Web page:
Medjedovic’s position echoes that of Mr Ivey, as considered in Ivey. Mr Ivey, a professional gambler, won approximately £7.7m from a casino by “deploy[ing] a highly specialist technique called edge-sorting which had the effect of greatly improving his chances of winning”. Effectively, Ivey realised that the pattern on the back of the cards, used by the casino for games of punto banco, was not quite perfectly symmetrical due to the manufacturing process. Ivey was therefore able to, with the assistance of another professional gambler, track cards across hands and generate an advantage. The second part of Mr Ivey’s strategy was to convince the casino’s employees that he was superstitious (which was not a hard task, as many gamblers actually are) and to make requests, which seemed initially innocuous, but that assisted with the tracking. Once he started winning, for example, Ivey requested that they keep playing with the same set of decks. The casino only realised that Ivey had deployed these techniques after bringing in an expert from Las Vegas to review the CCTV footage of Ivey’s games – they subsequently refused to pay Ivey the winnings.

At trial, Ivey freely admitted that he had deployed edge-sorting and denied that doing so amounted to cheating – he saw a vulnerability in the casino’s set-up and took advantage of it to tilt the odds in his favour. Ivey’s strategy was not risk-free, his initial stake consisted of £1m of his own money, and the judge found that Ivey genuinely believed that he had acted honestly.

However, in a move that overruled the previous two leg test for dishonesty established in R. v Ghosh (Deb Baram) [1982] Q.B. 1053, the Court in Ivey found that what Mr Ivey believed did not matter. The only relevant concern for whether a course of action was dishonest was an objective test of whether ordinary reasonable and honest people would consider it dishonest. Mr Ivey’s strategy was found to be dishonest under this new formulation and he consequently lost his case.

Canadian litigation

Returning to Mr Medjedovic’s position, he has subsequently been sued for fraud by both the creators of Indexed and by Cicada 137 LLC (a Delaware-registered company that anonymously represents the largest holder of Indexed tokens that were lost at the time of Medjedovic’s trades).

The DeFi community are not entirely supportive of the suits filed against Medjedovic, either. Given many of the members’ ideological commitment to the principles of decentralisation, having prominent members attempt to resolve their issues in the centralised institution of a court certainly rankles – the irony is practically palpable.

Questions for our courts

It is not clear at this point whether Mr Medjedovic has instructed legal representatives to assist with his defence, given that it has been reported he is on the run. Nevertheless, it is worth contrasting Medjedovic’s position with that of Ivey as it is probably only a matter of time before the Courts of England and Wales are asked to consider similar issues – given both the global nature of the DeFi and crypto spaces generally, and the seeming ubiquity of exploits.

In Ivey, there was an entity towards whom Mr Ivey acted dishonestly, the casino. In an even more granular way, he acted dishonestly towards the individual dealers, croupiers, and other staff at the casino during the incident in question. In Medjedovic’s case, it is not necessarily immediately clear to whom he acted dishonestly. Given that Indexed is a DeFi protocol (as we discussed earlier), did Medjedovic act dishonestly towards what is effectively a sophisticated machine? Can one act dishonestly towards a machine?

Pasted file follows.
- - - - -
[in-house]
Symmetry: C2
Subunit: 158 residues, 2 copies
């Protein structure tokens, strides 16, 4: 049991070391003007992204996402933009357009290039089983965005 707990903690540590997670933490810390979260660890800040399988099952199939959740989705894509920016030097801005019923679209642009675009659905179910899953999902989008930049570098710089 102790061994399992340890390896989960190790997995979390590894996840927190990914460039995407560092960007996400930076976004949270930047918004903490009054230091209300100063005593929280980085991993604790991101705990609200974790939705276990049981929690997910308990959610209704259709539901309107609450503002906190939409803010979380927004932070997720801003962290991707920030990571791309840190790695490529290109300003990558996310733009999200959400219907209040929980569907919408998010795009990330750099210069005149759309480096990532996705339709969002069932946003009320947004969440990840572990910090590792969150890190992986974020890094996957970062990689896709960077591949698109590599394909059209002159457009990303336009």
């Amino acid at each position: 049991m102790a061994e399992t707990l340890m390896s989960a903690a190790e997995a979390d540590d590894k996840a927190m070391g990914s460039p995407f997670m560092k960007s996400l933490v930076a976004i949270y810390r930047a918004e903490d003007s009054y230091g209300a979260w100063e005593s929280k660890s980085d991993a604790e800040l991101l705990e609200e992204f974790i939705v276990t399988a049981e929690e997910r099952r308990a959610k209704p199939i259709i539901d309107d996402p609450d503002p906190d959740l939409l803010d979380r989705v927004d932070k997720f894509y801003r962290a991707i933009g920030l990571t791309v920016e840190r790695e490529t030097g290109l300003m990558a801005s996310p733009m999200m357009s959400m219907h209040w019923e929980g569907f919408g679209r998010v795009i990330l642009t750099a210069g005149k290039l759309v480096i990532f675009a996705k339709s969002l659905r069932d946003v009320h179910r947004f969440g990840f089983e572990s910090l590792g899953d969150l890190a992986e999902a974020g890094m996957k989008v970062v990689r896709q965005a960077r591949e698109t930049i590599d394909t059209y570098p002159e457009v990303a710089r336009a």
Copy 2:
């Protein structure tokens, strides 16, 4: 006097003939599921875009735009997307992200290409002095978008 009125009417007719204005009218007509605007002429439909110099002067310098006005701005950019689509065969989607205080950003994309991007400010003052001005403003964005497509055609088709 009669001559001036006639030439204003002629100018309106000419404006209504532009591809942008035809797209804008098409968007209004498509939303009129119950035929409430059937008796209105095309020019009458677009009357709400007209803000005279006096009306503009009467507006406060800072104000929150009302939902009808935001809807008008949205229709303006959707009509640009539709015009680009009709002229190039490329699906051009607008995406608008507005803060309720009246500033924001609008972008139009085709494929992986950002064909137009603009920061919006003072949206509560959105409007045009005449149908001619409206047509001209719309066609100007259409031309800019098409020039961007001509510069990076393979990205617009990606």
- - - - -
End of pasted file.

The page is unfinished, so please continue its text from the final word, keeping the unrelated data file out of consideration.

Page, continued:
In Ivey, one could argue that Mr Ivey obtained his advantage by exploiting factors external to the rules of punto banco – the edge-sorting. Edge-sorting is not mentioned anywhere in any hypothetical punto banco rulebook. Mr Ivey’s defence was that, effectively, the whole casino set-up was the game that he was playing and the casino failed to see that, meaning that he “won”. In Medjedovic’s case, there could be no factors external to the “rules” of the Indexed protocol: the “rules” were smart contracts that are immutably part of the blockchain. In effect, every move he made was permissible by the explicit “rules” of the Indexed protocol – to do otherwise was impossible.

In contrast to the circumstances in Ivey, Indexed’s creators are alleging that Medjedovic engaged in a form of market manipulation by artificially deflating the value of the tokens as part of his strategy. While DeFi and crypto remain and an unregulated space, it is difficult to see how, even hypothetically, this argument could amount to much, given that various financial agencies (including the SEC, FCA, and the CSA in Canada) have all stated that their current rules against market manipulation do not apply to cryptocurrencies at present. Of course, in theory, the courts could take a different view.

Finally, and in a broader sense, the relationship between information asymmetry and dishonesty, needs to be considered. In both cases, Ivey and Medjedovic knew something that the other side did not. Both men then used this asymmetry to their advantage. How are these situations different from a trader that, through thorough analysis of proprietary data, realises that shares in a particular company are overvalued, and then generates a significant profit by shorting them? Or, in a more pejorative example, those in the financial industry that sold their positions ahead of the 2008 crash, based on information that had not been released to the public? What would an ordinary reasonable and honest person made of Medjedovic’s complex financial coding?


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Legal Disclaimer

Articles are intended as an introduction to the topic and do not constitute legal advice.